Naval battles in the Colosseum – the “Naumachiae”
The naval battles in the Colosseum, the famous “naumachiae”, are one of the many wonders of ancient roman times. So what where the naumachiae exactly? How could they represent naval battles in the Colosseum? Read more and come and visit the Colosseum with one of our special guided TOURS, we’ll be glad to tell you more about the naval battles in the Colosseum, the “naumachiae”.
The Naumachiae – What are they?
Naumachiae were simulations of naval battles held in natural or artificial basins. These were flooded for the occasion. The naumacharii, i.e. the combatants, were enemy fallen slaves, or people hired on the spot. They could also be paid sailors or criminals sentenced to death.
The Greek word “naumachia” indicates both a spectacle representing a naval battle and the basin in which these were held.
These spectacles, devised and performed in Rome (and some in the Colosseum), were rarely performed elsewhere. They were very expensive, as the ships were authentic, and manoeuvred like real ships in battle, crashing into each other or even sinking.
Caesar’s First Naumachiae
The first naumachia was held in Rome in a temporary basin excavated in the Campus Martius, in the Trastevere area. In 46 BC Caesar financed one for his triumphs. Caesar’s naumachia was, therefore, arranged in a large basin near the Tiber. Its depth was 11 or 12 m, so that water could seep out of the ground and ships could keep afloat. This temporary basin received water from a channel of the Tiber and returned to the Tiber.
Caesar had hired some 6,000 people (2,000 fighters and 4,000 oarsmen). A huge crowd from the nearby colonies had camped in the streets and squares so as not to miss the spectacle. The crowd was so large that, as Suetonius narrates, several people died in the crowd.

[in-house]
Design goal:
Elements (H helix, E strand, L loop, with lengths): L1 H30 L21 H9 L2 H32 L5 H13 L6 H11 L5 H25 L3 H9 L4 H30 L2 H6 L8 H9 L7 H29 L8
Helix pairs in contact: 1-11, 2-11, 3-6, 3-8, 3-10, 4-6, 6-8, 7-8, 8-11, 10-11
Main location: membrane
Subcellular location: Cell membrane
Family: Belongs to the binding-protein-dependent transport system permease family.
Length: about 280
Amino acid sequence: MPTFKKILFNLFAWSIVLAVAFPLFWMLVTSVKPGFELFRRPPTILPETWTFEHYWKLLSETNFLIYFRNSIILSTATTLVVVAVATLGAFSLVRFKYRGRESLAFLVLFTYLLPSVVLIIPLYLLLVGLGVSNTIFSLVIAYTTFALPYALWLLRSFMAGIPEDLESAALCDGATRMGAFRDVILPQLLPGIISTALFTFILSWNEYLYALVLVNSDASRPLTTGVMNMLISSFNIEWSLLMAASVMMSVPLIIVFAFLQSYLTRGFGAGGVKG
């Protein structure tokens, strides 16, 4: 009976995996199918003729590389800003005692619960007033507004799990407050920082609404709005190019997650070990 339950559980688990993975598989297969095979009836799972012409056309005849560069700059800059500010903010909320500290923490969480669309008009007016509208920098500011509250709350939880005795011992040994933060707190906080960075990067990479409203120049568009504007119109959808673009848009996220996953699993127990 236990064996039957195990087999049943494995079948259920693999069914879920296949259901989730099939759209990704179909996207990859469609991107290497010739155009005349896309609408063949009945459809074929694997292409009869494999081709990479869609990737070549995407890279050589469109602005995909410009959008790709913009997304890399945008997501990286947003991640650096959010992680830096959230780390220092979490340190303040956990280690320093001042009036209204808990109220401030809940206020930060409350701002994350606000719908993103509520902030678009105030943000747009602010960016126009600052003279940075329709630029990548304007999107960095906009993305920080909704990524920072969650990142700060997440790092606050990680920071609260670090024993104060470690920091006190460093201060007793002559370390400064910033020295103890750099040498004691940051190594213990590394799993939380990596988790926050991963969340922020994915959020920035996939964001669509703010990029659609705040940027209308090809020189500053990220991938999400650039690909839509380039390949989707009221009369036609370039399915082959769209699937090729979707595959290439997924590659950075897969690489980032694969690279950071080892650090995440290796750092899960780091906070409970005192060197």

Naumachiae at the Colosseum
The Colosseum could become a naumachia when the scene was flooded by an ingenious irrigation system. It seems, however, that it was used for this purpose only at its inauguration, or at any rate only a few times.
Martial narrates that naumachiae were held at the Colosseum in the first years after its inauguration. Modern archaeologists claim that they were abandoned because “many preparations were needed to make the arena watertight and fill it to a sufficient height to be able to float ships in it”.
Some scholars think that the underground passages of the Colosseum were excavated only a few years after the inauguration, otherwise its flooding would not have been impossible.
The numbers of the naval battles in the Colosseum
The basin had to have a depth of about 1.5 m, the minimum depth to allow ships to float. It had a capacity of about 200,000 m3. The aqueduct specially built for its supply, could fill it in 15 days. A navigable canal allowed access to ships coming from the Tiber, crossing by a movable bridge.
Considering the size of the basin and that usually more that 30 boats were employed in these battles, a quick calculation allows us to conclude there were a minimum of 4000/6000 men involved.
Read more and come and visit the Colosseum with one of our special guided TOURS, we’ll be glad to tell you more about the naval battles in the Colosseum, the “naumachiae”.